Janesville Farmers Market: New manager cooking up fresh ideas
If you go
What: Janesville Farmers Market
When: 8 a.m.-1 p.m. Saturdays, May 5 through Oct. 27
Where: North Main Street, downtown Janesville.
JANESVILLE The new manager of the Janesville Farmers Market wants to reach a wider audience.
"Buying food directly from farmers can already be a very affordable way to improve nutrition," said Stephanie Agnew, who in addition to being manager of the market is a natural food chef and educator.
"We will be making this wholesome food available to even more people," she said.
The market's new Supplemental Nutrition Assistance Program, also known as SNAP, is a debit card for those who meet state income guidelines. Assistance amounts vary depending on need.
People with SNAP or QUEST cards—plastic cards that replace food stamp coupons—will be able to take them to the market manager booth to get tokens that will be accepted at some of the market booths, Agnew said.
"I think having this program at the Janesville Farmers Market will increase attendance and improve access to healthy food for people who really need it," she said.
Agnew said the machine to swipe SNAP cards won't be available when the market opens Saturday, May 5, but she's confident the program will be up and running by June.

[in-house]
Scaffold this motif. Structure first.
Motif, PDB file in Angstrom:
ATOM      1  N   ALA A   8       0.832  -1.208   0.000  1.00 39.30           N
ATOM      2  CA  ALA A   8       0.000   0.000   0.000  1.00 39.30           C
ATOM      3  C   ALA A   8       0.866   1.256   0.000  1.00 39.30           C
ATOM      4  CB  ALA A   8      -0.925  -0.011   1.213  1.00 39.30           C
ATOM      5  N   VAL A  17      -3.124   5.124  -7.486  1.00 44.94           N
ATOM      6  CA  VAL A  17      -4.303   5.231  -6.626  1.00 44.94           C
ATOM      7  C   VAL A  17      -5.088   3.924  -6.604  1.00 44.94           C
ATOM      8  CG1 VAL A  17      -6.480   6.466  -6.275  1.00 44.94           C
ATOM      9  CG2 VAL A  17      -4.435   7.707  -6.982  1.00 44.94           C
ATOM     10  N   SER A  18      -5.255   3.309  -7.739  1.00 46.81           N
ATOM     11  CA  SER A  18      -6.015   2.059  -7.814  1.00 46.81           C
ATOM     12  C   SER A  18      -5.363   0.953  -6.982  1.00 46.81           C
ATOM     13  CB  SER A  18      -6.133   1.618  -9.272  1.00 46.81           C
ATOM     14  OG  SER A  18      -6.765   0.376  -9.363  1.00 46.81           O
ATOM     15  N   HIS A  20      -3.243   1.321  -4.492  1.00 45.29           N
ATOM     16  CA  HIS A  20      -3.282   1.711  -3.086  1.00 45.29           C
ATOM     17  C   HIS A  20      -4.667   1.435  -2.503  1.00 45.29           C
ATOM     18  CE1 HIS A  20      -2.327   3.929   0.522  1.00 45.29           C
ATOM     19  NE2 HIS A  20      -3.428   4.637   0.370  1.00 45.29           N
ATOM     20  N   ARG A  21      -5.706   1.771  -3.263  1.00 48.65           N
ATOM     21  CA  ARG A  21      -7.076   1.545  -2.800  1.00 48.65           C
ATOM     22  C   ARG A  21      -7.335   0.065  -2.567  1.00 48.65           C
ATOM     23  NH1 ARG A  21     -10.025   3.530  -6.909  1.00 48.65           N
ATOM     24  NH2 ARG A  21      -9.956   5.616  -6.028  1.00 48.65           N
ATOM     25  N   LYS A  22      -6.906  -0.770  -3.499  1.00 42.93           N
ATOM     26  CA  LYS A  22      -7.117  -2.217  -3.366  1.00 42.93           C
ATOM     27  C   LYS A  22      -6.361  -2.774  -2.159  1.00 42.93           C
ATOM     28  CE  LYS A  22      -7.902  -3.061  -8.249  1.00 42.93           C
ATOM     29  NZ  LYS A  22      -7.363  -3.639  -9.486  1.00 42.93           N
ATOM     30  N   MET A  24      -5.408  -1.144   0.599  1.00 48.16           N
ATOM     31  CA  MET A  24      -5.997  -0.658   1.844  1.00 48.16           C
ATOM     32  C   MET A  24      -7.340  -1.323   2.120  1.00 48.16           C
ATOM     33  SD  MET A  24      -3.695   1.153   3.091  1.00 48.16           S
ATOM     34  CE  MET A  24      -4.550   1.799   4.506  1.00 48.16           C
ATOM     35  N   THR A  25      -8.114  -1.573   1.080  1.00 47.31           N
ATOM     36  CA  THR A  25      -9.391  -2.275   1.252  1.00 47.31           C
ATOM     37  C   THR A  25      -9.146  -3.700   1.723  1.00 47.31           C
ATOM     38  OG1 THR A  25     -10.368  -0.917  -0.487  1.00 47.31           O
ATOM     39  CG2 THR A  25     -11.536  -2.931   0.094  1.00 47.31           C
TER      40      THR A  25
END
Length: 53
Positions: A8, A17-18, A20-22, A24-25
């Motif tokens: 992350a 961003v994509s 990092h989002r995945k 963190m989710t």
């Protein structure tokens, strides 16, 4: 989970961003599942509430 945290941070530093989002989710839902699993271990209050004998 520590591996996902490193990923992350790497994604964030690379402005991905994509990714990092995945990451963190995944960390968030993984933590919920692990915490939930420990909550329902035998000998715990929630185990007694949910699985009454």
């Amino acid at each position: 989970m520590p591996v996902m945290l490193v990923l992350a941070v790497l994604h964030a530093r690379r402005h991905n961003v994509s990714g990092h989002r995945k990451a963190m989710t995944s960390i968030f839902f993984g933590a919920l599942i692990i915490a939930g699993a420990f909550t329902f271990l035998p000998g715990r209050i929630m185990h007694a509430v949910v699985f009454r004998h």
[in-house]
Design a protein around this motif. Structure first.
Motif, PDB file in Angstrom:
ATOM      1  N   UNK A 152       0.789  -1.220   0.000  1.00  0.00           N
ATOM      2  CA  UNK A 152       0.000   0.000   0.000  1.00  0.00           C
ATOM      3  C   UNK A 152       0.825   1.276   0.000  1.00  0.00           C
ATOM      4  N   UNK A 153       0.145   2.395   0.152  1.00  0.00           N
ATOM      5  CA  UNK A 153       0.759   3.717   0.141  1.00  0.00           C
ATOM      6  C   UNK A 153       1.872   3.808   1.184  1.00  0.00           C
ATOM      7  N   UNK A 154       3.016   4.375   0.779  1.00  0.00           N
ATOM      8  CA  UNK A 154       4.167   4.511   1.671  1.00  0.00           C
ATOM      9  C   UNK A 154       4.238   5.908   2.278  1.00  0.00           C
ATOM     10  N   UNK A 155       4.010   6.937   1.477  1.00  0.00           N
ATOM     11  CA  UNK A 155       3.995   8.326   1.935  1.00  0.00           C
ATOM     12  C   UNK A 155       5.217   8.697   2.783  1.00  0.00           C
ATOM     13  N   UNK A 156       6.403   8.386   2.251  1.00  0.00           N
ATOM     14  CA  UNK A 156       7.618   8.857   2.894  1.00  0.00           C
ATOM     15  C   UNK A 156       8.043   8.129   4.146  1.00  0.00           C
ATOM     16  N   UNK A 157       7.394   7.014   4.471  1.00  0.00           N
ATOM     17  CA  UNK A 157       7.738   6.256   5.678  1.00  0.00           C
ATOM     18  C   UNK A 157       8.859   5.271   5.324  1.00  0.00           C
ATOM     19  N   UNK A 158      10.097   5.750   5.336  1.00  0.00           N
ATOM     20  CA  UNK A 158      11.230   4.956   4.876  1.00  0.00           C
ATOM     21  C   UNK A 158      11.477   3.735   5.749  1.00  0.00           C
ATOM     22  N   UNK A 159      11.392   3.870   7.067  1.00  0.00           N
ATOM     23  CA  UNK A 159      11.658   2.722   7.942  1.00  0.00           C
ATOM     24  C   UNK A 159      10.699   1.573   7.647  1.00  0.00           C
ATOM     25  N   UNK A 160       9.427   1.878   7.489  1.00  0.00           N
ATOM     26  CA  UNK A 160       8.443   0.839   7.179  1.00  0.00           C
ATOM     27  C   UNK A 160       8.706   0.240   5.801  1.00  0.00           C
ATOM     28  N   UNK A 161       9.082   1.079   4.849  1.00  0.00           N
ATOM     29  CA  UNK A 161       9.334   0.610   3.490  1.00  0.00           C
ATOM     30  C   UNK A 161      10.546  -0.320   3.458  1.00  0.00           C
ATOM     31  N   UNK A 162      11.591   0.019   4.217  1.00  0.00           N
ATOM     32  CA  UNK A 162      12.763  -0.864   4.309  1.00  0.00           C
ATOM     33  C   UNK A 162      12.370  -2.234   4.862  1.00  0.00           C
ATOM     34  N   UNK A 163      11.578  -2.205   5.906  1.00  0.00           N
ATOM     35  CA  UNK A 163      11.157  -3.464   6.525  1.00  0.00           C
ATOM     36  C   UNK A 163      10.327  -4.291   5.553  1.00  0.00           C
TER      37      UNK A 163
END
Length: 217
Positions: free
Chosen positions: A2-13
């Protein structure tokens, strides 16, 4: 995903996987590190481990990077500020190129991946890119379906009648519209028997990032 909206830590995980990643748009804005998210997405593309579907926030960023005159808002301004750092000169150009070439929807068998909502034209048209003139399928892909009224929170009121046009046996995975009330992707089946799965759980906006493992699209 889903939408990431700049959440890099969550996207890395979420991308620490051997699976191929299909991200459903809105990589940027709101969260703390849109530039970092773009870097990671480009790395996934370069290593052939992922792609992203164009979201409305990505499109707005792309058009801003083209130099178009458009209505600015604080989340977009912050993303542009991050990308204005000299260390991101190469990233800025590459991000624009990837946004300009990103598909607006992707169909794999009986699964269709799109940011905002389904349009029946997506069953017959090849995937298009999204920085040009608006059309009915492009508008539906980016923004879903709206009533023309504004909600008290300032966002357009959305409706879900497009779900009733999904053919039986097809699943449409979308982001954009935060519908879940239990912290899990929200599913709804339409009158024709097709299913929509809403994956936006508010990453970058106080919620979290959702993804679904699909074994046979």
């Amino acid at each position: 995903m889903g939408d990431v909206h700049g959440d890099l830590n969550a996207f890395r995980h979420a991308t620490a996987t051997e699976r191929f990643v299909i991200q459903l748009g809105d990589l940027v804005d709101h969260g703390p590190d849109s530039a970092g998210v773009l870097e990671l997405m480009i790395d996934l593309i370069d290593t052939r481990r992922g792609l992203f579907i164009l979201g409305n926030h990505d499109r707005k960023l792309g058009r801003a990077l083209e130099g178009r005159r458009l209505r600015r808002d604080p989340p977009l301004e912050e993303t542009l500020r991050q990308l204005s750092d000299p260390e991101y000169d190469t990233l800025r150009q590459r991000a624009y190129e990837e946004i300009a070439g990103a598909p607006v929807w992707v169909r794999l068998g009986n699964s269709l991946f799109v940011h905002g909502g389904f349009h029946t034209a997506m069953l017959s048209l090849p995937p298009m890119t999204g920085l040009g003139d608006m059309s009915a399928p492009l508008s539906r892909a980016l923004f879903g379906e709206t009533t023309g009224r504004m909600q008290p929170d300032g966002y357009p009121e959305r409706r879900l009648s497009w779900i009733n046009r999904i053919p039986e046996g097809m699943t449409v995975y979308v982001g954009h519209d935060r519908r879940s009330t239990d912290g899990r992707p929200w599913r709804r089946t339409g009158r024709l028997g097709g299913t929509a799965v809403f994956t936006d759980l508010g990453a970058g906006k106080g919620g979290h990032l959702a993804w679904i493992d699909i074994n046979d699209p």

Leashed pets, first allowed at the market in 2011, will be permitted again this year, said Matt Schreier, vice chairman of the market's board of directors.
"Overall, it was a positive change. We really didn't have a public outcry or incident of animals getting out of control. We just ask people to be responsible pet owners with an obligation to create a safe, pleasurable environment," he said.
Agnew was chosen as the market's new manager from a pool of 16 applicants and four finalists.
"With her passion, knowledge of food education and public relations background, she will be able to interact with the public and represent the market well," Schreier said.
Agnew, 37, Janesville, said the market manager position builds upon her work experience, which includes involvement on the management team in the deli at Basics Cooperative, a community-owned natural food store.
She was an environmental educator/cook for the Minnesota Parks and Recreation Board, and she worked on a 500-acre biodynamic farm where people with and without disabilities live and work together. She learned about recruiting volunteers, writing grants and managing a nonprofit while at the Minnesota Literacy Council.
The 2011 market drew five to 10 more vendors than in 2010 and peaked at 50. There is room for 75, Schreier said.
"We'd like to see those slots filled every week," Schreier said.